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BRUCE HOROVITZ Marketing

Theme Parks Pursue Asian Groups

May 12, 1987|BRUCE HOROVITZ

Holmes Stoner's proposal sounded about as logical as pouring soy sauce on a burrito.

While there were Cinco de Mayo parties all over Southern California two weekends ago, Universal Studios was hosting an Asian-American festival. Figuring that it wouldn't attract many Latinos that weekend anyway, it chased after the Asian-American market instead. The man behind the idea, Stoner, is a partner at Los Angeles-based Artesa Media Services, which specializes in placing advertisements for companies that want to reach Asian-Americans and Latinos.

Executives at Universal bought the idea. After all, while Universal puts on nine different Latino events annually, it had never done much to zero in on many of the Southland's estimated 716,000 Asian-Americans. (That figure is expected to leap to 1.4 million by the year 2000, the Southern California Assn. of Governments estimates.) Universal spent $80,000 to promote the weekend festival, which featured a variety of Asian foods and entertainment. The result: Business during the two-day event was up more than 40% compared to the same weekend a year earlier, when there was no special event.

"That's a heck of a lot higher then we expected the first time out of the gate," said Gordon Armstrong, executive vice president of marketing at Universal. As a result, Universal is planning a greater number of Asian-American promotions next year--and may even double the amount it spends to reach the diverse Asian-American community.

Universal has plenty of company. Knott's Berry Farm executives recently began discussing the addition of a multimillion-dollar Pacific Rim-themed area to the park. And one weekend last November, Disneyland held a Korean Festival that had much larger ambitions than just drawing ethnic Koreans in for the day. The event was filmed by Disney crews with the specific intention of televising a special show on KSCI Channel 18--the Los Angeles station that broadcasts shows in 14 different languages. The Disney special has run during the evening hours that KSCI broadcasts Korean-language shows.

Universal chose to target four specific Asian-American groups--Japanese, Chinese, Korean and Filipino--to attend its festival. It ran newspaper ads in a number of languages and placed them not only in The Times but also in such U.S. publications as the World Journal, a Chinese daily newspaper; the Korea Times, a daily; Kashu Mainichi, a Japanese paper with heavy circulation in both Los Angeles and Orange Counties, and the Philippine News, a weekly paper.

Why are theme parks suddenly reaching out to the Asian-American community? Basically, they're looking ahead. By the year 2030, the U.S. Census Bureau projects, the Asian population of California will jump to 16% of all residents, from the current 8%. And with median family incomes of about $23,000--about $3,000 more than the typical American household--there is money to spend. "More then anything else," said Stuart Zanville, director of public relations at Knott's Berry Farm, "what makes the Asian community so attractive is its earning power."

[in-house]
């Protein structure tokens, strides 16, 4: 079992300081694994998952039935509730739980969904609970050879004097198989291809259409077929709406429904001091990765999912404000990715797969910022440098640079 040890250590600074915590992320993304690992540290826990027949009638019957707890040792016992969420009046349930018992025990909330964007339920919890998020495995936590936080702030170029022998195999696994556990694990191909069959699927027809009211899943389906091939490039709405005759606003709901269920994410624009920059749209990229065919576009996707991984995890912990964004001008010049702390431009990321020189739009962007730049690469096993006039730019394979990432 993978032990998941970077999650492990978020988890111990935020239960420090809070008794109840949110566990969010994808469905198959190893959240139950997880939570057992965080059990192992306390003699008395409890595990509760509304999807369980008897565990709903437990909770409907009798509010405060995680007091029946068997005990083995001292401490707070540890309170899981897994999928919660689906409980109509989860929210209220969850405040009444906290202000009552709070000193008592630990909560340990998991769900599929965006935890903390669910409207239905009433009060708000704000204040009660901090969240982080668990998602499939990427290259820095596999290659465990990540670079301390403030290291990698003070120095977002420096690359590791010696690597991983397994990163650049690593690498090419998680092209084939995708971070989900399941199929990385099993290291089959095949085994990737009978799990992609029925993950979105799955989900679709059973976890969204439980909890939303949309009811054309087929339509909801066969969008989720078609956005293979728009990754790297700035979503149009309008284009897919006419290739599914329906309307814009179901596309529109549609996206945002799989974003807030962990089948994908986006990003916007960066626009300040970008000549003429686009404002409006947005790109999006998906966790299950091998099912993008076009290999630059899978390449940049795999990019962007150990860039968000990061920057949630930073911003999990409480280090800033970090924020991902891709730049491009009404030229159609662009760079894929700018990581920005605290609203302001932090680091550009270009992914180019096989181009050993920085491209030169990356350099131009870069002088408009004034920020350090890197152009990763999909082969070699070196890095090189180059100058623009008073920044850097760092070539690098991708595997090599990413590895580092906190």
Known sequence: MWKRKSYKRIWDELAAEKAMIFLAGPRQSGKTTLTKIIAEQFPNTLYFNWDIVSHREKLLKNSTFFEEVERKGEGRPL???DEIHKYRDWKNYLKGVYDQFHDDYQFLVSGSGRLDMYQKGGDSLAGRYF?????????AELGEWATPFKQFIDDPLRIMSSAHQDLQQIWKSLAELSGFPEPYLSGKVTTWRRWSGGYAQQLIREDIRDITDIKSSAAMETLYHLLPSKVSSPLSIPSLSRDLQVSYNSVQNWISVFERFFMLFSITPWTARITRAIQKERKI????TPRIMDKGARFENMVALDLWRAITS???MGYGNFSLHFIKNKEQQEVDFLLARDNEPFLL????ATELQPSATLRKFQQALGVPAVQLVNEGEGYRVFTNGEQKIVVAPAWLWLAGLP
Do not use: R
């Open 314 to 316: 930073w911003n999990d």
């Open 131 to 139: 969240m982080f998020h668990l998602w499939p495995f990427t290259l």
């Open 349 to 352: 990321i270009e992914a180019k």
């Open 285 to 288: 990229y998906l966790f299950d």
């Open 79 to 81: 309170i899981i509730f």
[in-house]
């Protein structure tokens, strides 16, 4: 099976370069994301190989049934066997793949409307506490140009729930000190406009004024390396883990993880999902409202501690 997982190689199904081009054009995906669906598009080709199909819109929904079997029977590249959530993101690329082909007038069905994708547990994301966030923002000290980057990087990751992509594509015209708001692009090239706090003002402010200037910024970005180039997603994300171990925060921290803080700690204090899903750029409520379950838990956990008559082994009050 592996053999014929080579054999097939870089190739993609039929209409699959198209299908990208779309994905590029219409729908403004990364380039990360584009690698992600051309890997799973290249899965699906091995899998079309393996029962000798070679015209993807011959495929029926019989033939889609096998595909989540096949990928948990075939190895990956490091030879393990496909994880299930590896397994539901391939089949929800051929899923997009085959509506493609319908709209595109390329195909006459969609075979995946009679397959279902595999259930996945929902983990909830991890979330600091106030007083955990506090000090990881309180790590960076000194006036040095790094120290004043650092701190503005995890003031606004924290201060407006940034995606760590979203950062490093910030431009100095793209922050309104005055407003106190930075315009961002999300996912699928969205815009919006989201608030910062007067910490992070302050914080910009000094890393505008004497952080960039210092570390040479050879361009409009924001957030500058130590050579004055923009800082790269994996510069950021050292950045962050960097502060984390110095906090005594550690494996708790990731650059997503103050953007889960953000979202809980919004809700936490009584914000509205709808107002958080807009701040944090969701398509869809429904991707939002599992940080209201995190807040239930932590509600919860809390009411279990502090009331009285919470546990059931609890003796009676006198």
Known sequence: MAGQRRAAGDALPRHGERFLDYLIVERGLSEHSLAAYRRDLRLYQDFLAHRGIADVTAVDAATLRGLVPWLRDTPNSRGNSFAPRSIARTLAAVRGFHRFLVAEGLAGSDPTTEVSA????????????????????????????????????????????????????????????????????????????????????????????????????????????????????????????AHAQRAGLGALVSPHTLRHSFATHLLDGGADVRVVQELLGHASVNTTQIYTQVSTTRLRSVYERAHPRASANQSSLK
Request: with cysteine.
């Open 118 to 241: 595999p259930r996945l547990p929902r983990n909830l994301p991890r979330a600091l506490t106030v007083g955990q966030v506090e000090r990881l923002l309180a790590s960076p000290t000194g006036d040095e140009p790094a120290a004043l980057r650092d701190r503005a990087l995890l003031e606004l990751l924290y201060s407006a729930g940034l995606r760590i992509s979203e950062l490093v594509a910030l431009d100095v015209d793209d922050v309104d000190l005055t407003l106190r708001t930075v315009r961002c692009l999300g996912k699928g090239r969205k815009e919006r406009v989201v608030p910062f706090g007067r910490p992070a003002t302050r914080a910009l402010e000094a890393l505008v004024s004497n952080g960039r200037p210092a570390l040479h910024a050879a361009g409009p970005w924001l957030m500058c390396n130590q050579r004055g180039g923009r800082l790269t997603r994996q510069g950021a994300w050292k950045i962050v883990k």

So last summer, when Knott's brought Korean skating star Jean Yun to its park to star in an ice show, it placed ads--with discount coupons--in three of the area's largest Korean publications, the Korea Times, the Korean Central Daily and the Korean TV Guide & News. "Thousands and thousands of the coupons were redeemed," said Zanville. "We never expected anything like it."

When Disneyland executives draw up their 1987 advertising budget this fall, for the first time they plan to set money aside to advertise in newspapers and on television shows that specifically reach various Asian-American groups. "We can't ignore it any longer," said Mark Feary, division manager of marketing at Disneyland. "But the ads won't just ask them to come out for events like our Korean Festival," he said. "We want to target them on a day-to-day basis."

Burger King Putting Account Up for Grabs

Troubled Burger King made it clear Monday that it doesn't think its also-troubled ad agency, J. Walter Thompson, is serving up the best advertising for fast times. The burger giant said it plans to put its $200-million ad account up for grabs.

Although J. Walter Thompson will compete with eight other agencies to hang on to the business, few industry executives think that Thompson will succeed. At the same time, however, some say that the biggest problem is with Burger King and not its ad firm.

By changing agencies after 11 years, Burger King is "attempting to take the focus off its own troubles," said John Hollingsworth, a former group vice president of marketing at Burger King, now a consultant in Laguna Hills.

"An ad agency is only as good as its ties with its client," said Hollingsworth. "Burger King--which had poor ties with Thompson--expected the firm to pull rabbits out of its hat."

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